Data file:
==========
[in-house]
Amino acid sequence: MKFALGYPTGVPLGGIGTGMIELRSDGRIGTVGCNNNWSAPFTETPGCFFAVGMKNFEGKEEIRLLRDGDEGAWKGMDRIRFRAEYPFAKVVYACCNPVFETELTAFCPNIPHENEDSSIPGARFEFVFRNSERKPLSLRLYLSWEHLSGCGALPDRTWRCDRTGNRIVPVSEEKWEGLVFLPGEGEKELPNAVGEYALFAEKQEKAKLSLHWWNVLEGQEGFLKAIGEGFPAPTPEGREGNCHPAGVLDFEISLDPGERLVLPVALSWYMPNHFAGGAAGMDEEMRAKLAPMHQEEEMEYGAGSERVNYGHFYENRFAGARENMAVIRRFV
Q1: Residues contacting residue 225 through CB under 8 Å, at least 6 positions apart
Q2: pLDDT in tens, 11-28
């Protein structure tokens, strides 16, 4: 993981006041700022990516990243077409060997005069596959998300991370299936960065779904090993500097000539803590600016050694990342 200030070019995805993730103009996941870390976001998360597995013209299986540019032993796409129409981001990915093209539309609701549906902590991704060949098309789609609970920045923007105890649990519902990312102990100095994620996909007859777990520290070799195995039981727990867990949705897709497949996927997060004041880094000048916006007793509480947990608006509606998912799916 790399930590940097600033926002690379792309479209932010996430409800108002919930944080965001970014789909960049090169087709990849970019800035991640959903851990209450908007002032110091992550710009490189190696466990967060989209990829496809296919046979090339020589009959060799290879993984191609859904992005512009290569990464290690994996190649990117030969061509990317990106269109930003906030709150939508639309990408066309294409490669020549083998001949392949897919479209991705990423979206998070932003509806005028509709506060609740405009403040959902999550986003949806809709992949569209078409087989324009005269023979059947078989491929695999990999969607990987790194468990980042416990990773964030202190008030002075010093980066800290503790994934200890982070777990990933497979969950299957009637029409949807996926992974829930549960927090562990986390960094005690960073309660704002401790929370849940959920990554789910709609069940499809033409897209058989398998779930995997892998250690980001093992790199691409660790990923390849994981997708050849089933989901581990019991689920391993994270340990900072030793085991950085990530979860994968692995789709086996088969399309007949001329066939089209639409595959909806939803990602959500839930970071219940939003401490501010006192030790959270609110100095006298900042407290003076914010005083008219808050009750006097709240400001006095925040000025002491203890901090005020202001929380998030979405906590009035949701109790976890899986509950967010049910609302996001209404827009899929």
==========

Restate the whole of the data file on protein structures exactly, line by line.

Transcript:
[in-house]
Amino acid sequence: MKFALGYPTGVPLGGIGTGMIELRSDGRIGTVGCNNNWSAPFTETPGCFFAVGMKNFEGKEEIRLLRDGDEGAWKGMDRIRFRAEYPFAKVVYACCNPVFETELTAFCPNIPHENEDSSIPGARFEFVFRNSERKPLSLRLYLSWEHLSGCGALPDRTWRCDRTGNRIVPVSEEKWEGLVFLPGEGEKELPNAVGEYALFAEKQEKAKLSLHWWNVLEGQEGFLKAIGEGFPAPTPEGREGNCHPAGVLDFEISLDPGERLVLPVALSWYMPNHFAGGAAGMDEEMRAKLAPMHQEEEMEYGAGSERVNYGHFYENRFAGARENMAVIRRFV
Q1: Residues contacting residue 225 through CB under 8 Å, at least 6 positions apart
Q2: pLDDT in tens, 11-28
């Protein structure tokens, strides 16, 4: 993981006041700022990516990243077409060997005069596959998300991370299936960065779904090993500097000539803590600016050694990342 200030070019995805993730103009996941870390976001998360597995013209299986540019032993796409129409981001990915093209539309609701549906902590991704060949098309789609609970920045923007105890649990519902990312102990100095994620996909007859777990520290070799195995039981727990867990949705897709497949996927997060004041880094000048916006007793509480947990608006509606998912799916 790399930590940097600033926002690379792309479209932010996430409800108002919930944080965001970014789909960049090169087709990849970019800035991640959903851990209450908007002032110091992550710009490189190696466990967060989209990829496809296919046979090339020589009959060799290879993984191609859904992005512009290569990464290690994996190649990117030969061509990317990106269109930003906030709150939508639309990408066309294409490669020549083998001949392949897919479209991705990423979206998070932003509806005028509709506060609740405009403040959902999550986003949806809709992949569209078409087989324009005269023979059947078989491929695999990999969607990987790194468990980042416990990773964030202190008030002075010093980066800290503790994934200890982070777990990933497979969950299957009637029409949807996926992974829930549960927090562990986390960094005690960073309660704002401790929370849940959920990554789910709609069940499809033409897209058989398998779930995997892998250690980001093992790199691409660790990923390849994981997708050849089933989901581990019991689920391993994270340990900072030793085991950085990530979860994968692995789709086996088969399309007949001329066939089209639409595959909806939803990602959500839930970071219940939003401490501010006192030790959270609110100095006298900042407290003076914010005083008219808050009750006097709240400001006095925040000025002491203890901090005020202001929380998030979405906590009035949701109790976890899986509950967010049910609302996001209404827009899929």